Once winter rolls around, an important job you should undertake is draining the gas from the lawn mower.
If you do not do this important step, you might find that by springtime your lawn mower will not start. Fortunately, it is much simpler than you might think.
In this guide we shall take a look at how to drain the gas from your lawn mower, which should take less than thirty minutes of your time.
Oh, and just to note, we shall be looking at both the siphon and non-siphon methods. So, let’s get to it!
Why Do You Need To Drain The Gas From A Lawn Mower?
When you own a lawn mower that works on gas, you need to make sure that you regularly maintain it. Because of this, you need to know how to drain the gas and how to fill it back up.
Due to it being an internal combustion machine, it is important to winterize it. This is because over the cold months the gas will start to deteriorate, all thanks to the oxidation that will change the composition.
This will make the gas less combustible, and in turn means your lawn mower might not work come spring.
However, if you do not want to go through the process below, you can also run the tank dry. To do this, you will need to partially fill the tank when mowing for the last time that season.
Then all you need to do is use the mower until it stops.
What Tools And Materials Are Needed To Drain A Lawn Mower?
Here are the tools and materials you will need for the processes below (you will not need them all – it depends which method you are doing):
- Can for gas storage
- Siphon pump (for the siphon method)
- Extra long funnel (for the non-siphon method)
- Workbench or sawhorses (for the non-siphon method)
- Fuel stabilizer
How To Drain Gas From Lawn Mower: Non-Siphon Method
Step 1: Use Funnel
Place the funnel securely into the gas can. Make sure it does not fall over.
Step 2: Locate The Gas Cap
Find where the gas cap is on the lawn mower and open it. Lift the lawn mower up (get someone to help if needed) and tilt the opening towards the funnel.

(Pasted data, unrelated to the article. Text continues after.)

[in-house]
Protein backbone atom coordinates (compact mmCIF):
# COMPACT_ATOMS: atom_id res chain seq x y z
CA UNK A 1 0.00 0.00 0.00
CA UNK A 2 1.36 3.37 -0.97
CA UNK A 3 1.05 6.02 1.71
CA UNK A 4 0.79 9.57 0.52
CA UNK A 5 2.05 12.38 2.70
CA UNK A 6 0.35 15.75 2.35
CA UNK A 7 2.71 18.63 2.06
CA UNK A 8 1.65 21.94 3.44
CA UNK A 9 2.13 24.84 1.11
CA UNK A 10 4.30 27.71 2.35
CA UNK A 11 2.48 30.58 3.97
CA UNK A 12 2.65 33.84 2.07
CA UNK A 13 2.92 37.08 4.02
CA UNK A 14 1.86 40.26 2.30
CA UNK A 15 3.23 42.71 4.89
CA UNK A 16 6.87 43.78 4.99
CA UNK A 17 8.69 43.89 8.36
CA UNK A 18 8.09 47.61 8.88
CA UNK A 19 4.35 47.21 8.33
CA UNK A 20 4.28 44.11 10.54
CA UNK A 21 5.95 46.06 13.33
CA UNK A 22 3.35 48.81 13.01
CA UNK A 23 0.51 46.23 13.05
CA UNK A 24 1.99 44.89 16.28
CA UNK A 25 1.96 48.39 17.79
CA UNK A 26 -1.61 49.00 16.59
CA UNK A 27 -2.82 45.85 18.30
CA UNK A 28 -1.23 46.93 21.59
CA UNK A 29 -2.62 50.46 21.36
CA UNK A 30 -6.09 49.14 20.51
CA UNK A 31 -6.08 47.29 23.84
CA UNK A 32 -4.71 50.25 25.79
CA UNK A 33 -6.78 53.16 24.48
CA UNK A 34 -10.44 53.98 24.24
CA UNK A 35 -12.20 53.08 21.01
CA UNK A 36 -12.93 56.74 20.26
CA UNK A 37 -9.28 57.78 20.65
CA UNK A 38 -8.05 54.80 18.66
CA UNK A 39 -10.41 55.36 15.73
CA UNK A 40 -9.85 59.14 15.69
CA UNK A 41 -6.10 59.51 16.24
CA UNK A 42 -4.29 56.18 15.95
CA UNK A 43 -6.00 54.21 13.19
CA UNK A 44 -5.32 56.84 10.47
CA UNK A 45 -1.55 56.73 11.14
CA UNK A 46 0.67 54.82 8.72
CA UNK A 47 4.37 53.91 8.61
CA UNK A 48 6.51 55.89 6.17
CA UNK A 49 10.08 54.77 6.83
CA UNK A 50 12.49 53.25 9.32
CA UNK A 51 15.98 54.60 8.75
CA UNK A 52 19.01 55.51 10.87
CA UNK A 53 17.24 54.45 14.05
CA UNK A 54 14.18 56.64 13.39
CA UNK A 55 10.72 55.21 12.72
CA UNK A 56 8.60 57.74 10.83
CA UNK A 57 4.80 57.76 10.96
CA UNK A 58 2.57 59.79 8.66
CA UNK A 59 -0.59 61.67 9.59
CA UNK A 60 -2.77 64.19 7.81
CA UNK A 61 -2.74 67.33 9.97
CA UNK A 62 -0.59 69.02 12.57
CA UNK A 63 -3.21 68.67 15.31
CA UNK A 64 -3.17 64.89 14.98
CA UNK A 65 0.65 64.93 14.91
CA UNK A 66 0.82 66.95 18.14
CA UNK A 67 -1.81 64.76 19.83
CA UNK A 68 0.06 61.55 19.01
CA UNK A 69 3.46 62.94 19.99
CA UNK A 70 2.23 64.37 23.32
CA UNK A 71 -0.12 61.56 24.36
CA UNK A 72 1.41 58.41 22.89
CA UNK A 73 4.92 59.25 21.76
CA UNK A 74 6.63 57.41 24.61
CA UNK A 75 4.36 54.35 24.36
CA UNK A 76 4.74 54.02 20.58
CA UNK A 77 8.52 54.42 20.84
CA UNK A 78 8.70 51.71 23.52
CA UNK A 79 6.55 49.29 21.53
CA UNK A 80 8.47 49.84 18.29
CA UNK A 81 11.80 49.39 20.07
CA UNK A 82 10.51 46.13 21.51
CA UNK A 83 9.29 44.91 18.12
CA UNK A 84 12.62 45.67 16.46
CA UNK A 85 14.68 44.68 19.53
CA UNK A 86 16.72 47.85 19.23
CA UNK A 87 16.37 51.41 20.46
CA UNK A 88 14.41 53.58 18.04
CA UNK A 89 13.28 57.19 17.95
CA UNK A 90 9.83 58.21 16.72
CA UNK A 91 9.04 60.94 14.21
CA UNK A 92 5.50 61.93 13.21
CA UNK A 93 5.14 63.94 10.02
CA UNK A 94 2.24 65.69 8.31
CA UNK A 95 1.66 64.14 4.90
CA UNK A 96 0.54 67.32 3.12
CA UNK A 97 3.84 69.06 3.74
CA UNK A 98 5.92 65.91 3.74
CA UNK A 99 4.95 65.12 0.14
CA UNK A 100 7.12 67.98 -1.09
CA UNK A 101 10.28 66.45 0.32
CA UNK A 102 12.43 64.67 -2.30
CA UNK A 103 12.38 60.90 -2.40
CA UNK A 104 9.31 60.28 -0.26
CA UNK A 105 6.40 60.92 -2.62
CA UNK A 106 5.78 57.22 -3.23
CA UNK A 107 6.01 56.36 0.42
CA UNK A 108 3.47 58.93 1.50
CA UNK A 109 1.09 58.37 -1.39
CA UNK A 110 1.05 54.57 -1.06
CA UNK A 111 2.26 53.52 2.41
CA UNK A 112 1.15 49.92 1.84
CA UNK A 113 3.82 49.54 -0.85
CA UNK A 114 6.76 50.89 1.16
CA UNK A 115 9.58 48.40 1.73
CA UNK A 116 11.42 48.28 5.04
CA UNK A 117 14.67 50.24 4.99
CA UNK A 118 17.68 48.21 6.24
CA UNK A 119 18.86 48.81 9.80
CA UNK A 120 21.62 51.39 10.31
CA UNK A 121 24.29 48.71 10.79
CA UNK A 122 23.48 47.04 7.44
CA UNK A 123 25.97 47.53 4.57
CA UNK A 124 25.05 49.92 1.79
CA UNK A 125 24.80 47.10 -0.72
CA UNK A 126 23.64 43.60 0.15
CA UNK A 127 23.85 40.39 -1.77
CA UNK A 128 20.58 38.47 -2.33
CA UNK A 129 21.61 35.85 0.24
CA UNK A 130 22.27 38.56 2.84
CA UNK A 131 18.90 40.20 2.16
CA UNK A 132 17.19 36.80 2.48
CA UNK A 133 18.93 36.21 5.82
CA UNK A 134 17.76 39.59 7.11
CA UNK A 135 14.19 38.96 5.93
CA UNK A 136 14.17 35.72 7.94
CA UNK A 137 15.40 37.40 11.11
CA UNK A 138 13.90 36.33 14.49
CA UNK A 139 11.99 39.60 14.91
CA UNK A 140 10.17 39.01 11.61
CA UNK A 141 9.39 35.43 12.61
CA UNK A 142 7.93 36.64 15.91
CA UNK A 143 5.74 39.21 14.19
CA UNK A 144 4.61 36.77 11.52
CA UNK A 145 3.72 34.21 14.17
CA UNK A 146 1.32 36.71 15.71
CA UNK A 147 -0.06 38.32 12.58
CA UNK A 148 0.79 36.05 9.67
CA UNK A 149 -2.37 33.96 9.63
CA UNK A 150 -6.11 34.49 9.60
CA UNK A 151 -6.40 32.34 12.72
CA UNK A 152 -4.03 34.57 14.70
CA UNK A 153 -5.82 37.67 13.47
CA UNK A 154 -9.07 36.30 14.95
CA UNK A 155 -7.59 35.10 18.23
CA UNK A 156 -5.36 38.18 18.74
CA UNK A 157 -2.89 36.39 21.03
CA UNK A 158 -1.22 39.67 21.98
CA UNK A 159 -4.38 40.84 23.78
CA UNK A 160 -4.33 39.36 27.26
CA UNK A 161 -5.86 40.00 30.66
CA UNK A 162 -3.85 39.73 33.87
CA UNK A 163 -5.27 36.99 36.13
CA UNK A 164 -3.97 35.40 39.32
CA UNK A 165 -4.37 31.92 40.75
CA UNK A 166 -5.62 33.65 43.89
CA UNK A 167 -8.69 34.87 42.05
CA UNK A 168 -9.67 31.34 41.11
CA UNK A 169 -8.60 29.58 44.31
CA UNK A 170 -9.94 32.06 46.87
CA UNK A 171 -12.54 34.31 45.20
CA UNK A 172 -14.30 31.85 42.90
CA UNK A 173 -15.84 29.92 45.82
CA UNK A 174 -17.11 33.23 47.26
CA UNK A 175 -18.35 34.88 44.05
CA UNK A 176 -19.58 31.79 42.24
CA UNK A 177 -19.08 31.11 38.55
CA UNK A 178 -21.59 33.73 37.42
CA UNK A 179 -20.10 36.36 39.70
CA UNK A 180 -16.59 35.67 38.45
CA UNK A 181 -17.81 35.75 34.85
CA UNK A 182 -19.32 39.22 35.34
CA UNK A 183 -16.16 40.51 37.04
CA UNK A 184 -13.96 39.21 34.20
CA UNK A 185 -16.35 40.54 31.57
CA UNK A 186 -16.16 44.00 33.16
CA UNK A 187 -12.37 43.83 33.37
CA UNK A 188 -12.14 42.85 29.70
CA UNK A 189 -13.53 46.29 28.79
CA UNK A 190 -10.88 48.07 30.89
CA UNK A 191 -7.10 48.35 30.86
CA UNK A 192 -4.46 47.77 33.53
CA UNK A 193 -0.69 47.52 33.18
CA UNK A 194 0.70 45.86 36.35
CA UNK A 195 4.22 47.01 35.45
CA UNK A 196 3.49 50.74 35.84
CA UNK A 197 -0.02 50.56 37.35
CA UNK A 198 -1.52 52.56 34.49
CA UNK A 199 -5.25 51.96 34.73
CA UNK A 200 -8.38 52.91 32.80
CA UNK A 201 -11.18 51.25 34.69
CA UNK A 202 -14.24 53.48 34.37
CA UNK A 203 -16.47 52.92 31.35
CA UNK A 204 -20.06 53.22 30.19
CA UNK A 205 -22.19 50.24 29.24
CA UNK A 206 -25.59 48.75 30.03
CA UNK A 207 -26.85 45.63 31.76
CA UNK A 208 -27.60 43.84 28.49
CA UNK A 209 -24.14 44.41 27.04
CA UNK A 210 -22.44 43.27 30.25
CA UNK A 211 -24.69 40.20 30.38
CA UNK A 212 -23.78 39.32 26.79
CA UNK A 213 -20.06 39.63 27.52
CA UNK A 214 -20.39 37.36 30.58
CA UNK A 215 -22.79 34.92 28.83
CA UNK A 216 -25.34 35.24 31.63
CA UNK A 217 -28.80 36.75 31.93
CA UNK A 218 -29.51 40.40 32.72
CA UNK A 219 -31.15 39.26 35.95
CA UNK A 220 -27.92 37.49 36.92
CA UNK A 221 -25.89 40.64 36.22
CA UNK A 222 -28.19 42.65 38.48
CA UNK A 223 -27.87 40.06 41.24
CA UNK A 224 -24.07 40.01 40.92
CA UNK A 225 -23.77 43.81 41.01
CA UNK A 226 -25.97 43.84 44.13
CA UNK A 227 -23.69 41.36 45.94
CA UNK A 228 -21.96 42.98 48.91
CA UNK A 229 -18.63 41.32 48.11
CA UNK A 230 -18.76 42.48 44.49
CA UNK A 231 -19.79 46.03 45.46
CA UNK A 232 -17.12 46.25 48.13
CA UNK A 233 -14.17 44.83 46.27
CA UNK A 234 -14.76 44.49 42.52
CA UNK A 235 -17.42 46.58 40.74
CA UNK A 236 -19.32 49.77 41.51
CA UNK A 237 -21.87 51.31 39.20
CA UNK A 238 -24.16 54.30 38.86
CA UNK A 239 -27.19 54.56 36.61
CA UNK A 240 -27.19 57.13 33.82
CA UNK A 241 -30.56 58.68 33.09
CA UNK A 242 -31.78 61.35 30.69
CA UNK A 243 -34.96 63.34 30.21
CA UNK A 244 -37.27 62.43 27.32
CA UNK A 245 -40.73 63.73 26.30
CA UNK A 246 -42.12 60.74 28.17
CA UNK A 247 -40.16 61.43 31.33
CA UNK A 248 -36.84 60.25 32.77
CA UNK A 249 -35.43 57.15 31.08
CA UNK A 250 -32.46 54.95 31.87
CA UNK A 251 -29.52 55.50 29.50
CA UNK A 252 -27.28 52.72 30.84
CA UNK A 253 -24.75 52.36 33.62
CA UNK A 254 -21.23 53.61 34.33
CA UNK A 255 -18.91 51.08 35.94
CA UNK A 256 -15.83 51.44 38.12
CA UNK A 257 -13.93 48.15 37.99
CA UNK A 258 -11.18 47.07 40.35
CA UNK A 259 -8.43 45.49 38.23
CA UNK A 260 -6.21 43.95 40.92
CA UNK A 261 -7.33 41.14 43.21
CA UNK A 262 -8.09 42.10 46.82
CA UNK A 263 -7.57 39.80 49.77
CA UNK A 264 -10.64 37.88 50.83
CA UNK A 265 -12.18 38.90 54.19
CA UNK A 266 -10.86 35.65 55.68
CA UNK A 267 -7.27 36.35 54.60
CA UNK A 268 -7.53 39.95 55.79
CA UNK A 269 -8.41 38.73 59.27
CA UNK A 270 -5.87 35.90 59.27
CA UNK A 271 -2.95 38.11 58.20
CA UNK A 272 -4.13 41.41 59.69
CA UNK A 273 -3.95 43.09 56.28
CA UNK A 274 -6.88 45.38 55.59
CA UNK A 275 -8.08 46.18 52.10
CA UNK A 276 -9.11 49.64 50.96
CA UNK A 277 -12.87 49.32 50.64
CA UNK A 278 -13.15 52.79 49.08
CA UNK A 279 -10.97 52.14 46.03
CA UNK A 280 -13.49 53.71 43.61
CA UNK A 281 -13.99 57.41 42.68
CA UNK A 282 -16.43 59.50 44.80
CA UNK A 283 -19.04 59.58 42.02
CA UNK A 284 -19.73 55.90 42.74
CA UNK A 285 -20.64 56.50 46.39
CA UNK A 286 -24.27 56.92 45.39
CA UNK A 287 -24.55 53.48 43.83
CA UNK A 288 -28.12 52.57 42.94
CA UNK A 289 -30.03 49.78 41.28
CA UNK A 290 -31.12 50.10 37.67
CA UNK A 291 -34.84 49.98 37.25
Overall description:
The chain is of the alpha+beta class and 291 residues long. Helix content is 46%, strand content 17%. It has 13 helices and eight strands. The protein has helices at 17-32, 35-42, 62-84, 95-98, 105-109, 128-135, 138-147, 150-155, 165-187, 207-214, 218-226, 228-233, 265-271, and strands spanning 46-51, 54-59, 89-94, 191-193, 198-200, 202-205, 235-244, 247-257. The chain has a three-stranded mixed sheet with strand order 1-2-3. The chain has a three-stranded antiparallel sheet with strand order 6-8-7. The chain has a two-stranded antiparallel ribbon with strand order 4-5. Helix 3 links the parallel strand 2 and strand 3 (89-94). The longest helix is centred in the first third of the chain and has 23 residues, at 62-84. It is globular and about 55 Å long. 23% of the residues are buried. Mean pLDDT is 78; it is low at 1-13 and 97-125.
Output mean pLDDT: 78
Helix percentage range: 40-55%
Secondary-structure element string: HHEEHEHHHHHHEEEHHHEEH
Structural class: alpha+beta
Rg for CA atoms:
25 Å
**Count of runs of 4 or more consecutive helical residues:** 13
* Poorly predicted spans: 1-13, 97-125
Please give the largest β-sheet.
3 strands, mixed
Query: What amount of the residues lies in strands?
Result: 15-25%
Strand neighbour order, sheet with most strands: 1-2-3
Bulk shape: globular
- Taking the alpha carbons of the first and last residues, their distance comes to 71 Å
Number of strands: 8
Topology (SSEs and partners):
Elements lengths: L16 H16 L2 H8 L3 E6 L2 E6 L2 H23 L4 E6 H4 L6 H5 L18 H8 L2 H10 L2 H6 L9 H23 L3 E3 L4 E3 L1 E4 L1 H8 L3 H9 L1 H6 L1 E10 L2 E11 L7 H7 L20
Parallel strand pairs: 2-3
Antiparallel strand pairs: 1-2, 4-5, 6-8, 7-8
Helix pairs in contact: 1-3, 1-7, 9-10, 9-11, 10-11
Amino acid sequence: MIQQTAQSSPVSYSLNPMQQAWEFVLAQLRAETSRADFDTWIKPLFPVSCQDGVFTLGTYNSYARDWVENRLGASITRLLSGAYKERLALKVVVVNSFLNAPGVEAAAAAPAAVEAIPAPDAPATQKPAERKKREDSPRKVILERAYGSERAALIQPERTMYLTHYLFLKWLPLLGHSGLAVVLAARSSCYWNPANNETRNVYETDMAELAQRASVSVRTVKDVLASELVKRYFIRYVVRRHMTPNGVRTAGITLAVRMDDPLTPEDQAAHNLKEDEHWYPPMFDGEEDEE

Step 3: Pour Gas Into The Can
Now watch as the gas falls from the lawn mower and into the funnel, which should land safely into the gas can.
You may need to keep tilting forward as the gas starts to decrease inside the lawn mower. You will also not want to rush this job – slow and steady is best!
Step 4: Add Stabilizer
Once you have finished, put the lawn mower down and add stabilizer to the gas in the can.
Step 5: Run It Dry
From here you can let the lawn mower run. Once it dies, it is ready to store for the winter. However, you may also want to check other areas of the lawn mower too, like the oil and changing any parts.
How To Drain Gas From Lawn Mower: Siphon Method
Step 1: Disconnect Spark Plug Wire
You will need to first locate exactly where the spark plug is. From here, you can remove the wire.
You may find that your gas lawn mower has a spring clip which is insulated. This ensures that you will not accidentally become hurt during the draining of the gas process.
Do always check what your gas lawn mower has however. It is best to always practice safety first!
Step 2: Attach Siphon Pump
The next step is to locate where the gas cap is. Once found, remove the cap so you can access the gas tank.
Find the sucking end of the siphon pump and attach it to the tank. The bottom of the pump should go into the gas can.
You will also want to place the gas can really close to the mower. This minimizes any chance of it spilling.
Step 3: Use Siphon Pump
Now everything is connected, you can start pumping the gas out of the lawn mower and into the gas can. You will know it has finished once the gas stops moving through the pump.
Step 4: Remove Siphon Pump
Once finished, gently shake the pump to remove any excess gas that might still be in there. Once you are satisfied you can remove the siphon pump from the gas can and lawn mower.
You might find that you need to dry the tops of both openings due to gas lingering around. Just use an old cloth or a paper towel for this easy job.
Step 5: Add Stabilizer
Add some fuel stabilizer to the gas can. This means it will work after months of not using it. To understand how much to put in, you will need to know how much gas you have.
The usual math is an ounce of stabilizer for every two gallons of the gas.
Step 6: Run It Dry
Just like the non-siphon method, you will need to run the lawn mower dry. Do always make sure the lawn mower is outside when doing this method.
Follow the steps above in step 5 of the non-siphon method.
If you have a gas lawn mower, then it is very important to remove the gas when storing the internal combustible machine during the winter.
If you do not, you may find that your lawn mower will not work once you come to mowing the backyard for the first time that year. This is because the gas can become oxidized, which can prevent it from working the same.
To avoid this, all you need to do is drain the lawn mower of its gas, add a stabilizer to the gas and store it away safely.